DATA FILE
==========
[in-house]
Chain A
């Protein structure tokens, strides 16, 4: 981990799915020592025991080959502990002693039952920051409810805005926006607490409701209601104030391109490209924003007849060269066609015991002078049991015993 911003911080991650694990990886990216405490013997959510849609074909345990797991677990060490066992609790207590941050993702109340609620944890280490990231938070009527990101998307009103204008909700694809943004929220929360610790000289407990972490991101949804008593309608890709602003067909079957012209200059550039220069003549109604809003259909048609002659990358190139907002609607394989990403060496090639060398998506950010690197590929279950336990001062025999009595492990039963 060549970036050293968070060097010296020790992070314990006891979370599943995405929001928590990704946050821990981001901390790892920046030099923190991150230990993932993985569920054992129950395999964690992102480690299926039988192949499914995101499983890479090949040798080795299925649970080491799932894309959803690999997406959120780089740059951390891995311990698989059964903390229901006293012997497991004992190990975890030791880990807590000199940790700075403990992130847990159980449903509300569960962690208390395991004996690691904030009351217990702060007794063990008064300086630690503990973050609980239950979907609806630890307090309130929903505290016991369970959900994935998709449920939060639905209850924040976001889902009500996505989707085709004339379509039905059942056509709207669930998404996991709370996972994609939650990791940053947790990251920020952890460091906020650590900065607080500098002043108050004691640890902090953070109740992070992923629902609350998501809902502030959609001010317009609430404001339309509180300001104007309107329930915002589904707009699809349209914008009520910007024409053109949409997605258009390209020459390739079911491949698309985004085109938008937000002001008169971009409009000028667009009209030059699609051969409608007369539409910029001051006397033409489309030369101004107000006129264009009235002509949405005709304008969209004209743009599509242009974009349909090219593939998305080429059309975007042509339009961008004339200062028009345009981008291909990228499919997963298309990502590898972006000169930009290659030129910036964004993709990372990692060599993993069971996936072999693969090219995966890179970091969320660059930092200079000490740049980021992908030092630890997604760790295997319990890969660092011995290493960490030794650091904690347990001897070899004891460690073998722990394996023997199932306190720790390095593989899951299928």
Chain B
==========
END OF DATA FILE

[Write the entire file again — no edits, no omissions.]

[in-house]
Chain A
């Protein structure tokens, strides 16, 4: 981990799915020592025991080959502990002693039952920051409810805005926006607490409701209601104030391109490209924003007849060269066609015991002078049991015993 911003911080991650694990990886990216405490013997959510849609074909345990797991677990060490066992609790207590941050993702109340609620944890280490990231938070009527990101998307009103204008909700694809943004929220929360610790000289407990972490991101949804008593309608890709602003067909079957012209200059550039220069003549109604809003259909048609002659990358190139907002609607394989990403060496090639060398998506950010690197590929279950336990001062025999009595492990039963 060549970036050293968070060097010296020790992070314990006891979370599943995405929001928590990704946050821990981001901390790892920046030099923190991150230990993932993985569920054992129950395999964690992102480690299926039988192949499914995101499983890479090949040798080795299925649970080491799932894309959803690999997406959120780089740059951390891995311990698989059964903390229901006293012997497991004992190990975890030791880990807590000199940790700075403990992130847990159980449903509300569960962690208390395991004996690691904030009351217990702060007794063990008064300086630690503990973050609980239950979907609806630890307090309130929903505290016991369970959900994935998709449920939060639905209850924040976001889902009500996505989707085709004339379509039905059942056509709207669930998404996991709370996972994609939650990791940053947790990251920020952890460091906020650590900065607080500098002043108050004691640890902090953070109740992070992923629902609350998501809902502030959609001010317009609430404001339309509180300001104007309107329930915002589904707009699809349209914008009520910007024409053109949409997605258009390209020459390739079911491949698309985004085109938008937000002001008169971009409009000028667009009209030059699609051969409608007369539409910029001051006397033409489309030369101004107000006129264009009235002509949405005709304008969209004209743009599509242009974009349909090219593939998305080429059309975007042509339009961008004339200062028009345009981008291909990228499919997963298309990502590898972006000169930009290659030129910036964004993709990372990692060599993993069971996936072999693969090219995966890179970091969320660059930092200079000490740049980021992908030092630890997604760790295997319990890969660092011995290493960490030794650091904690347990001897070899004891460690073998722990394996023997199932306190720790390095593989899951299928």
Chain B